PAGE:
The recent announcement of GunTV (just what it sounds like: a home shopping network dedicated to personal armaments) brought with it a flurry of attention.
According to the New York Daily News, “the QVC for guns will launch Jan. 20 on at least one cable provider, according to Laura Burgess, a spokeswoman for the television channel.”
The concept of a 24-hour ‘home shooting network’ (also known as ‘all guns, all the time’) has made its way onto the radar of a number of political and social interest groups. But stepping beyond the Second Amendment issues, the pro and the con, an interesting thought takes root: will this become a new way to grow shooting sports and as a result, shooting sport events?
It’s an idea that bears consideration. After all, interest in gun sports is climbing. In some states, high school-based skeet and trap shooting teams are making headway among students who prefer non-traditional (i.e. not ‘stick-and-ball’) sports or who don’t crave the stadium spotlight. Eau Claire, Wisconsin, in fact, recently hosted a competitive event for this age group. On the college level, competitive shooting teams, fueled by gun industry funding, are also gaining ground. One example is the way Pima, Arizona, Clay Target Center is hosting the University of Arizona’s shooting team.
Then there’s hunting. While not a competitive sport at either the high school or college level (although industry-sponsored bass fishing competitions do exist for both age groups), hunting has been growing in popularity among youth, with some states setting aside ‘youth only’ hunting periods before the opening of official season. These initiatives could help serve as a portal to bring more young people into shooting sports.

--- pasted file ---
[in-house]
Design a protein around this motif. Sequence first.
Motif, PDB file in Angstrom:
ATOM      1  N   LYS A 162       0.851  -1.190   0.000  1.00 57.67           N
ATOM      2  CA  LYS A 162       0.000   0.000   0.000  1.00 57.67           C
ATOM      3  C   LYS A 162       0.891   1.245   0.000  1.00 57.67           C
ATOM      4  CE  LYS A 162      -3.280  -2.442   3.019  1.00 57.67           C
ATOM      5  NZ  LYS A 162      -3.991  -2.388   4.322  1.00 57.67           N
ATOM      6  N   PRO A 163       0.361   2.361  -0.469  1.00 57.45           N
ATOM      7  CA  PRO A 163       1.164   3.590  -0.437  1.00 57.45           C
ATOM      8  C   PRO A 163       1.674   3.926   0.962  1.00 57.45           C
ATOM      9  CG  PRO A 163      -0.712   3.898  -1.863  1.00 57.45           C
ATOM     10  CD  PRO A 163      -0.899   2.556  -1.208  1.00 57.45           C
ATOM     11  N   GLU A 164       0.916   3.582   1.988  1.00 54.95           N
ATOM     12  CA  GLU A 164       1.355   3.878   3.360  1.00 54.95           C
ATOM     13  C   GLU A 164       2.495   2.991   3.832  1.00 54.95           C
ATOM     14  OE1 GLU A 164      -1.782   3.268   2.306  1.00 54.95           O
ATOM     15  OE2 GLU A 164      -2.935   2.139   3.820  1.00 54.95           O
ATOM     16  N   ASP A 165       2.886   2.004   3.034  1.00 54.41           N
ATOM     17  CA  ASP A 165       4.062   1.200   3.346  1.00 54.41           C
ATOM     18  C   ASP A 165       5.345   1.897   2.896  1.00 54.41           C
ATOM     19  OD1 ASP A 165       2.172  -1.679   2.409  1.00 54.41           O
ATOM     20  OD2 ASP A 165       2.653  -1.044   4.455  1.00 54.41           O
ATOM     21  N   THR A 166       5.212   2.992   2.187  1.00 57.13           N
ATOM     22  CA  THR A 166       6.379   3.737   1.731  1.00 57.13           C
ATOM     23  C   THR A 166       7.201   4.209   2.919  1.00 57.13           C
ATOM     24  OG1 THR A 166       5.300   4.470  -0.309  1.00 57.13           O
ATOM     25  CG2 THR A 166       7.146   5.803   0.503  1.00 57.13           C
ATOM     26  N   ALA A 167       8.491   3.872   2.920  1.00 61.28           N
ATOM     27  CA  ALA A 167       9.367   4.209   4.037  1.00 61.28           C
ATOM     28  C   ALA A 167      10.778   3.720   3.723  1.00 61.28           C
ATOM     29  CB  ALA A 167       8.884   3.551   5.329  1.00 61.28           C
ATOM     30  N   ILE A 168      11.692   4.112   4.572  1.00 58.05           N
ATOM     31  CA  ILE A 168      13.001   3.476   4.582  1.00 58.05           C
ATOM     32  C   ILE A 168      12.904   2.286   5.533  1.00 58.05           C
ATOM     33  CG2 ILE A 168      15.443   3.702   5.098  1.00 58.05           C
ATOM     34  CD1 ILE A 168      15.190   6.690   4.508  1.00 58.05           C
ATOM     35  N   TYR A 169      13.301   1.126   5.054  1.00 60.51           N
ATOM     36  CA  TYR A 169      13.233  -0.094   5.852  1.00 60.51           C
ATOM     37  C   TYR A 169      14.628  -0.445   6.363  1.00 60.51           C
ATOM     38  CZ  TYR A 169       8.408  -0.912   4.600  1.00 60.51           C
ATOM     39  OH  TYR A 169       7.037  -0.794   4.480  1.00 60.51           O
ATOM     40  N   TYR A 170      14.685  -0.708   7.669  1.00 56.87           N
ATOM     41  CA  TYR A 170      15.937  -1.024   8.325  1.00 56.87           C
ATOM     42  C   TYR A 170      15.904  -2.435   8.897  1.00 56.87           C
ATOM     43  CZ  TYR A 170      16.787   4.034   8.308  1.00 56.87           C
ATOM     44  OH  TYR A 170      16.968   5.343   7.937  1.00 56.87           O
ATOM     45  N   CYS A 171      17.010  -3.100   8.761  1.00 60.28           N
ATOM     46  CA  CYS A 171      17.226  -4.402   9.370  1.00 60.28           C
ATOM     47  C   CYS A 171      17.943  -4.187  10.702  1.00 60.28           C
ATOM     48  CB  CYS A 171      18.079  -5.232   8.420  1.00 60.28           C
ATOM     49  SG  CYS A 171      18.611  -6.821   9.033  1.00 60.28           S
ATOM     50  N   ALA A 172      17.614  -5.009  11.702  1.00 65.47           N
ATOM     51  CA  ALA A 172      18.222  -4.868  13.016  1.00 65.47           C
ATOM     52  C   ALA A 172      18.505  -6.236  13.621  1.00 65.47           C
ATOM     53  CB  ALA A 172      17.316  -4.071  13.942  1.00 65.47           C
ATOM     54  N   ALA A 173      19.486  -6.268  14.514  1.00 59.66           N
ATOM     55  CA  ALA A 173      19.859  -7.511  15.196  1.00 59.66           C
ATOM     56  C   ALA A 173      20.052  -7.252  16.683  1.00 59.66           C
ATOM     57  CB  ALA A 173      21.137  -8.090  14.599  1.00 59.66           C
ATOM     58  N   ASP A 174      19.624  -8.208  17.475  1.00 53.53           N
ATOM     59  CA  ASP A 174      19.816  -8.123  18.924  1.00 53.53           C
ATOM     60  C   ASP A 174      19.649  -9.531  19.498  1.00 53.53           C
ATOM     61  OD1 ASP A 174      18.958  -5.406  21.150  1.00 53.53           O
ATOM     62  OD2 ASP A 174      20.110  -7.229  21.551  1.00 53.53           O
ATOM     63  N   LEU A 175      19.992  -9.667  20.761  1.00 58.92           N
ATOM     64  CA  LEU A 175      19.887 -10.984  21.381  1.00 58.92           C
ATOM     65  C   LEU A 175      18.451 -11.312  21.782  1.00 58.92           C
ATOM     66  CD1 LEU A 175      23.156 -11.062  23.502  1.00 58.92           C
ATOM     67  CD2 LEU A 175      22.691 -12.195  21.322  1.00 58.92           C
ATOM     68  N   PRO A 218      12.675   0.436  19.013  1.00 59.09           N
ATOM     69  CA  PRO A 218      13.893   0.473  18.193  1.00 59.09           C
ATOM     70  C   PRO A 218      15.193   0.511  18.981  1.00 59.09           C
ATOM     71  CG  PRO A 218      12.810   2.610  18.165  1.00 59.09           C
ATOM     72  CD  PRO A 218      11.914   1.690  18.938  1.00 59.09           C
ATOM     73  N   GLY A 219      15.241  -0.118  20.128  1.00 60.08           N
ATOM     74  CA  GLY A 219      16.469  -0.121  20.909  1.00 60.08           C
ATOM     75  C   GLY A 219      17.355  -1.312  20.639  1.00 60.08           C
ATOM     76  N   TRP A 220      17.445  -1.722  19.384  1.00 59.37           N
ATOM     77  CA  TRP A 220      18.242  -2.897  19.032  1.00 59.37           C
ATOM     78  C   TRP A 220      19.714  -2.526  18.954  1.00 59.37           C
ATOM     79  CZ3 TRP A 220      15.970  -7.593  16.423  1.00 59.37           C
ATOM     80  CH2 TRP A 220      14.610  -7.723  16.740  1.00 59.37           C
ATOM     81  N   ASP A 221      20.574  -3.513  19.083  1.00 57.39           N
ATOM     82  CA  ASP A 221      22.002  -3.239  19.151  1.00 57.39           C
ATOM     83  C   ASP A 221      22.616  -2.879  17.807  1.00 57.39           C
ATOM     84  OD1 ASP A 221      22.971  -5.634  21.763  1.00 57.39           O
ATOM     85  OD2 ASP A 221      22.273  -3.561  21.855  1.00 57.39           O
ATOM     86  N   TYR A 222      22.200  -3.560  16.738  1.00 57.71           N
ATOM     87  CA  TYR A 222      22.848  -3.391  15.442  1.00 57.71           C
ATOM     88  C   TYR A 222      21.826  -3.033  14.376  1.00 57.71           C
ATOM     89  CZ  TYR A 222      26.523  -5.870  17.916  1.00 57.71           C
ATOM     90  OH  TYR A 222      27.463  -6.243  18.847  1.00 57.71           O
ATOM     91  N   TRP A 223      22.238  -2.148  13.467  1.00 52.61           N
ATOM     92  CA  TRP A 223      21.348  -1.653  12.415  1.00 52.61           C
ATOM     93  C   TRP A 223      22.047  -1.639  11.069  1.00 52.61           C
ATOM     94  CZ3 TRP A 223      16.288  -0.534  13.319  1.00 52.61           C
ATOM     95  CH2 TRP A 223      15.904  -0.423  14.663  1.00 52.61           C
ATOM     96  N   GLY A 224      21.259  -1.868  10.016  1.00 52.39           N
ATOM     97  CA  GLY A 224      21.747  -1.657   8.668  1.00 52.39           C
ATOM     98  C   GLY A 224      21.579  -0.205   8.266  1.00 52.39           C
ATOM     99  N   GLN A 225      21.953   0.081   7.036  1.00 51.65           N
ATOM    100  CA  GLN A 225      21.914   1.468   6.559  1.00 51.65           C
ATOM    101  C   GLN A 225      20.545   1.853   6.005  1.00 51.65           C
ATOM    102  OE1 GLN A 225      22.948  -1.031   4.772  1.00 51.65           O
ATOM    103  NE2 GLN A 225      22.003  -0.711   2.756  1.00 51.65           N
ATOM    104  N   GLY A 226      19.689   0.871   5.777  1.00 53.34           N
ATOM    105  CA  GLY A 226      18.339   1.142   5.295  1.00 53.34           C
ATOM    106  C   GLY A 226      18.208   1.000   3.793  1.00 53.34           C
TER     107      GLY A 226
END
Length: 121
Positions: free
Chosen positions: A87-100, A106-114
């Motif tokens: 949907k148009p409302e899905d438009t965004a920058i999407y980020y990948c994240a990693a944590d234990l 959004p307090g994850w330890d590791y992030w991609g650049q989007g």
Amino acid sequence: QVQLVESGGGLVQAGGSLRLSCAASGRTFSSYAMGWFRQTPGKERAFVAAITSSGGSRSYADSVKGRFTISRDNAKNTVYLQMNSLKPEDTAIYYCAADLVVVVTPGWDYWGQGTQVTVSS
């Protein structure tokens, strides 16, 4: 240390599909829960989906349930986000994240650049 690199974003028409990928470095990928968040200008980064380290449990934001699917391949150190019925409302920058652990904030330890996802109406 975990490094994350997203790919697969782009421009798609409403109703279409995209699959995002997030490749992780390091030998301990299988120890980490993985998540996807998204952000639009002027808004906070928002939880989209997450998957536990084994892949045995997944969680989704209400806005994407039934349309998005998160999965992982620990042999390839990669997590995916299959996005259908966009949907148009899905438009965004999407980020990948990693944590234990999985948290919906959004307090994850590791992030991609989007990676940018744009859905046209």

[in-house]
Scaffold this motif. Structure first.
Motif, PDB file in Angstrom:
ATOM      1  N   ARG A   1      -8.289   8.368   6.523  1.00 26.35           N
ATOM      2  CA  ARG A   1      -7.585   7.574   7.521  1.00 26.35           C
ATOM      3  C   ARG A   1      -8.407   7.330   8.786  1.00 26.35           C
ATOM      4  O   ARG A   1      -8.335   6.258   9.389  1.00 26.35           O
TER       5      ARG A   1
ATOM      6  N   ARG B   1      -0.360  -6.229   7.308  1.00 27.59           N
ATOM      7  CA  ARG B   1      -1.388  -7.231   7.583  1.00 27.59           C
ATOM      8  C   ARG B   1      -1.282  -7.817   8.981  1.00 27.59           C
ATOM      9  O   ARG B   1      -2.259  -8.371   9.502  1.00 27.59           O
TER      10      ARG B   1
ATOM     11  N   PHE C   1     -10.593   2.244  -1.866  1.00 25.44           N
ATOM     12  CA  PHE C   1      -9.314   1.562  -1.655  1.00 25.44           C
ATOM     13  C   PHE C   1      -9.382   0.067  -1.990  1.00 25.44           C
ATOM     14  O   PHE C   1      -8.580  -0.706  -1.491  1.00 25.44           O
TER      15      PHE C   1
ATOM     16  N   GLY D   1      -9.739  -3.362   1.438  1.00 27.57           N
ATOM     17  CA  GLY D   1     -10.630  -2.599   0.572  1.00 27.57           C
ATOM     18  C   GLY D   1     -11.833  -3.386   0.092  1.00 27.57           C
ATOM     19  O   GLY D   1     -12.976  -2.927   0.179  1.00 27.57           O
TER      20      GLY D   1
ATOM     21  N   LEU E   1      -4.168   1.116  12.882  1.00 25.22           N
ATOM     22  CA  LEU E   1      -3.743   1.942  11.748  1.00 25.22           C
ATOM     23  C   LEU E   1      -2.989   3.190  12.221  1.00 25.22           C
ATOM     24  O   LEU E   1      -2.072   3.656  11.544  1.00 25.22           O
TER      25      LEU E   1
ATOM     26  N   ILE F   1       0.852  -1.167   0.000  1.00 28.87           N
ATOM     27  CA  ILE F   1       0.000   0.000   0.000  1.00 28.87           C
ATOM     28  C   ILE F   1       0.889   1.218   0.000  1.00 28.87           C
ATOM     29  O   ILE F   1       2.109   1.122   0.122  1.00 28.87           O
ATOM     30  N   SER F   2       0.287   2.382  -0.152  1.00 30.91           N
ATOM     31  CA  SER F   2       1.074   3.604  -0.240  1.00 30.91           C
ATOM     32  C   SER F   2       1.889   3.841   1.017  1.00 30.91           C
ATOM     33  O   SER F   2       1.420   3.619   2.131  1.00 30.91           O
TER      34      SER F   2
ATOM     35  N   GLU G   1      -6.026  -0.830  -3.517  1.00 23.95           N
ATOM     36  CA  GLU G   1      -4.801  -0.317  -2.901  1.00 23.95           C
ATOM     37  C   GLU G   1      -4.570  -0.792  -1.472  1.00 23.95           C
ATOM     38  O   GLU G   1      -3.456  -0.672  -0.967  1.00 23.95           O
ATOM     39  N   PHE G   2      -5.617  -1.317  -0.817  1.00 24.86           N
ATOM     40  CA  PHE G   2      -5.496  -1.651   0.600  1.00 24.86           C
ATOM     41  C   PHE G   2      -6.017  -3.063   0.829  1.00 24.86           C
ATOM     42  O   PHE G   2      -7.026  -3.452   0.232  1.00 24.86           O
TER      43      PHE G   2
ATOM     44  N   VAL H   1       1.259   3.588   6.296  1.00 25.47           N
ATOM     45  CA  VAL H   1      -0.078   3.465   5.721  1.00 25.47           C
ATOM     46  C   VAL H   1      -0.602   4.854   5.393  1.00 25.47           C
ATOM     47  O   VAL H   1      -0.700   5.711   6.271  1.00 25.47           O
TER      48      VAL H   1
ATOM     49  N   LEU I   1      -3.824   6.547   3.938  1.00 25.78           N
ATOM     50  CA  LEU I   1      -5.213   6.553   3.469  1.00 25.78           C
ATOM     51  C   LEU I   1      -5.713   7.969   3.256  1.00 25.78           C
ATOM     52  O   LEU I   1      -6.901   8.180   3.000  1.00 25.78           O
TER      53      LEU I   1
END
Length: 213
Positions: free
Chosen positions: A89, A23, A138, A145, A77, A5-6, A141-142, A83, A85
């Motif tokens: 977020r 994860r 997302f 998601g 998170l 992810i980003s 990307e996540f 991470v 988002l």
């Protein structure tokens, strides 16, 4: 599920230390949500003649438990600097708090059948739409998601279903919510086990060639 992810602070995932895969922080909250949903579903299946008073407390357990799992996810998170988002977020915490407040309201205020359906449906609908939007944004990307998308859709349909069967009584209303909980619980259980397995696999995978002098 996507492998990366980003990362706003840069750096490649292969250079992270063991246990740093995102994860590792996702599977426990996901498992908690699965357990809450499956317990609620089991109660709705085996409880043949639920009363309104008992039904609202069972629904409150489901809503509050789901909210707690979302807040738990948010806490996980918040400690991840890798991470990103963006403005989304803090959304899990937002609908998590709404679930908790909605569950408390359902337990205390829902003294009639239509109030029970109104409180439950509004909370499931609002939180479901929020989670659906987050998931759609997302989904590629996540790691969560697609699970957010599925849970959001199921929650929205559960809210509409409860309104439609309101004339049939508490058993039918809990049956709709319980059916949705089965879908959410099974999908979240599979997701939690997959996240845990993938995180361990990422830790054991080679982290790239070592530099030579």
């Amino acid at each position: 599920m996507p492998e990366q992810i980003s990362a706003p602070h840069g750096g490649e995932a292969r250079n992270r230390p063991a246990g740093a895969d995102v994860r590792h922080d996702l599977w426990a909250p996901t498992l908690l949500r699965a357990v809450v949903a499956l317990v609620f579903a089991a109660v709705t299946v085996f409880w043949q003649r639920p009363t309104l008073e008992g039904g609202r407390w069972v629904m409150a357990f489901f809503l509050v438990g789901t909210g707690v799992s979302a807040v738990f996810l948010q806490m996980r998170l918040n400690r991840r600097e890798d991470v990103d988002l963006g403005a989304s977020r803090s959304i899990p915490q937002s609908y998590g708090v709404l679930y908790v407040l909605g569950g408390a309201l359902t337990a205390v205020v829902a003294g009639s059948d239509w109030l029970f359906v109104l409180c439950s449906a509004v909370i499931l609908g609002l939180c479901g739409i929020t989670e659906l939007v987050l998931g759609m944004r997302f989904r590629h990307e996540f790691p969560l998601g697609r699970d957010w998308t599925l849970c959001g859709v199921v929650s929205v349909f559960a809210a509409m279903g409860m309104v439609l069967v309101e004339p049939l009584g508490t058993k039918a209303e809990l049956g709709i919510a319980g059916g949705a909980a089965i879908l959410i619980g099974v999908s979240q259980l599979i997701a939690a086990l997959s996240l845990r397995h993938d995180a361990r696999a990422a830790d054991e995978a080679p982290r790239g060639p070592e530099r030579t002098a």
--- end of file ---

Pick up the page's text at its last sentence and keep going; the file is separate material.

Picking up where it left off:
And the demographics of shooting have been shifting – and that shift continues. A recent report commissioned by the National Shooting Sports Foundation (NSSF) and conducted by TOBINTEL found that there is an opportunity to attract a new and passionate constituency to the shooting sports. While a report commissioned by the NSSF six years ago found that modern sporting rifle users were 86 percent white, Hispanic/Latinos were the next largest ethnic group at five percent. This figure would appear to be on the rise.
“The Hispanic segment in the U.S. is a highly relevant, dynamic and multifaceted market, and this study helps manufacturers, retailers and ranges understand the strong interest that Hispanics have to learn about firearms, own them and participate in shooting sports,” said Rick Tobin of TOBINTEL.
Two state-of-the-art facilities, Elite Shooting Sports in Manassas, Virginia, and Eagle Gun Club in the Chicago Southland area, actively market themselves to shooting sport enthusiasts, meaning the opportunities to host events are also growing. And with the 2016 Olympics on the horizon, it’s a chance for shooting sports to get some decent airtime – for once.
The 24-hour nature of GunTV will appeal to gun sport enthusiasts who know shows and commercials that appeal to their interests are currently only aired at times that make it difficult for them to watch. An article in MediaPost noted that some of the sports networks air hunting shows in off-hours such as early mornings on weekends. Marketers of various sporting goods advertise on these shows.
While shooting facilities and competitive shooting events would not be candidates for actual merchandise advertisers on GunTV (which describes desired products as "all kinds of firearms, munitions, outdoor and shooting sports products"), it is not difficult to imagine sponsorships, partnerships or other events that would help raise their profile – and for that matter, the profiles of USA Shooting, USA Biathlon, USA Modern Pentathlon and Paralympic sports involving shooting.